Dog fostering is one way to help animals and communities with overcrowded shelters! It frees up valuable space and resources for them to welcome more dogs in need.
If you think you’re ready to be a dog foster parent, you might want to consider first, how long do you foster a dog?
The answer depends on so many factors. We discuss with you how long dog fostering lasts and how long before your foster dog gets put up for adoption.
The Role of a Foster Dog Parent
The primary role of a foster parent is to take care of a dog while they acclimate to domestic life.
You may also be taking care of a dog whose owners are currently away or recovering from a disaster.
So, you need to learn the dog’s personality and behavior before they go to their forever family.
You’ll feed, shelter, and groom your dog, although their supplies will usually be provided by the shelter group,
You may also need to teach the dog some basic etiquette and behavior so that they can be more adoptable.
It’s not easy, but it surely is rewarding! Your commitment to your furry guest will determine how successful their adoption will be.
Remember that you need to know your limits. You will invest a lot of time and effort in them, but you will eventually have to part with them.
If you get easily attached to a dog, then fostering may not be for you.
How Long Do You Foster a Dog For?
Fostering a dog can be flexible and it can last anywhere from one day to several months.
This depends on the organization and the needs of the dog.
Many dogs need to be fostered to help alleviate overcrowding in the shelter. If this is the case with your foster dog, they may be with you for several months.
Meanwhile, some are too young to be adopted so they need to be fostered first.
Dogs may also need foster parents because they are currently recovering from an injury or surgery. These injured dogs need a safe space away from kennel stress.
This may mean that recovering dogs will only need to crash on your couch for a few weeks.
In many organizations, the norm for the length of time to foster is two weeks.
Some foster programs in organizations also let you commit to a year-long period of fostering different dogs with breaks in between each.
This means that you can foster about one to ten dogs over the course of a year. The time commitment for each dog depends on their needs.
This type of fostering is usually called full-time fostering. If you’re too busy for a year-long commitment, you can still volunteer when you have time.
Shelter homes may call you when a foster dog’s current foster is on vacation, or when an emergency occurs in the shelter.
How Long Before the Dog is Put Up for Adoption
Most dogs get fostered before they are put up for adoption.
The foster care provider and the organization need to get a picture of the dog’s personality and disposition before they can be adopted.
This usually takes 10 to 14 days, depending on the shelter and the dog. This means it’s ideal to have a dog in foster care for two weeks before they get put up for adoption.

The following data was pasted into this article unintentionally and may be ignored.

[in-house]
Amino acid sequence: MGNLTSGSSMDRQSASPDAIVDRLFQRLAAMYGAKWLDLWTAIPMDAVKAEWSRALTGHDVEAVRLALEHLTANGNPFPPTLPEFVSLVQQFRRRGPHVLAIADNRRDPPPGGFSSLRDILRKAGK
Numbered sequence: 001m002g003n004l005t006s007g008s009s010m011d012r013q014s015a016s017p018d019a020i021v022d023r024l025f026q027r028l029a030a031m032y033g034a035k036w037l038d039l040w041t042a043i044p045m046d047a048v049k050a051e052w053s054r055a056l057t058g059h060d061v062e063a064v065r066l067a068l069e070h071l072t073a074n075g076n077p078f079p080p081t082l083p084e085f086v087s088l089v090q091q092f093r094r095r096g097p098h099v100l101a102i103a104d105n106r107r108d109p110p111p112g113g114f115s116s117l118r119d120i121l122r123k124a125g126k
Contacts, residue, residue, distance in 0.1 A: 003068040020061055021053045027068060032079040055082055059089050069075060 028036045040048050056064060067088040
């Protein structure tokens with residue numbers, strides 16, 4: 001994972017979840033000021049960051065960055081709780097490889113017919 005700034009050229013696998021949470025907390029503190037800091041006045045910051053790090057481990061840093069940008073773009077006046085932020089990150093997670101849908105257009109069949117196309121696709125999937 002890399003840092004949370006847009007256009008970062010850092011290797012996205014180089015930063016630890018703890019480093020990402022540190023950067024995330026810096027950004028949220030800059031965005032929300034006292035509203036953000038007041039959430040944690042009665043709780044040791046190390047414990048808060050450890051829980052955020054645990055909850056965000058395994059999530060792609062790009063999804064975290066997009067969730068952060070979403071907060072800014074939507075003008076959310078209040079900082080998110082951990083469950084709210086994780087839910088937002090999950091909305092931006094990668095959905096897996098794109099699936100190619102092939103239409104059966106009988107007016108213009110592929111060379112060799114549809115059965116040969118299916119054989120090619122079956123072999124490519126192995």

However, some animals that go into foster are already up for adoption.
The dog may stay with you for up to two months before they get adopted.
Factors that affect the length of time include:
- training needs
- medical needs.
Yes, but it will take time for you to adjust to your new priorities and schedule.
If you’re a first-time foster parent, you’ll have to undergo training and background checks from the shelter organization.
They will decide if you’re fit to foster a dog while working full-time.
Learn how to successfully foster while you’re working full-time!
To foster means to temporarily bring home a dog and take care of them until they find a family who will permanently take care of them.
Dogs need to be fostered because the shelter may be running out of space or the owner is currently going through something, like a disaster.
Learn the requirements of fostering a dog before you commit.
This depends on the laws of your state and the city’s ordinances.
Usually, states limit dog fostering to three or four at a time to avoid neglect caused by too many dogs as well as noise and smell complaints from the neighbors.
Find out more about how many dogs you can foster at once!
Dog fostering is an unpaid activity done by volunteers.
But it costs less than adopting because the shelter usually provides the needed supplies for your pooch.
They may pay for their food, supplies, and veterinary care. Sometimes, they even pay for the damages that the dog makes in your house.
If you want to get paid for fostering a dog, you may also set up private fostering arrangements.
Learn more about compensation, costs, and reimbursements for fostering a dog!
Saving a life is enough reason to foster a dog. It’s one of the most rewarding experiences any animal lover can do.
However, it also comes with as much hard work as it does cuddles. You’ll have to train, feed, and groom them.
Parting from your foster dog is also one of the hardest parts of fostering.
Weigh the pros and cons of fostering a dog before arriving at a decision!
Be the Best Dog Foster Parent!
Dog fostering is all about commitment. You need to be committed to giving a dog access to food, water, shelter, and love for a few days, weeks, or months.
Make sure to discuss the length of time you will foster with the shelter organizations to prepare yourself for the job.
Learn what each dog needs so you can identify which ones you can foster and which you can’t.
Want to foster more than one fur baby at once? Learn how many dogs you can foster now!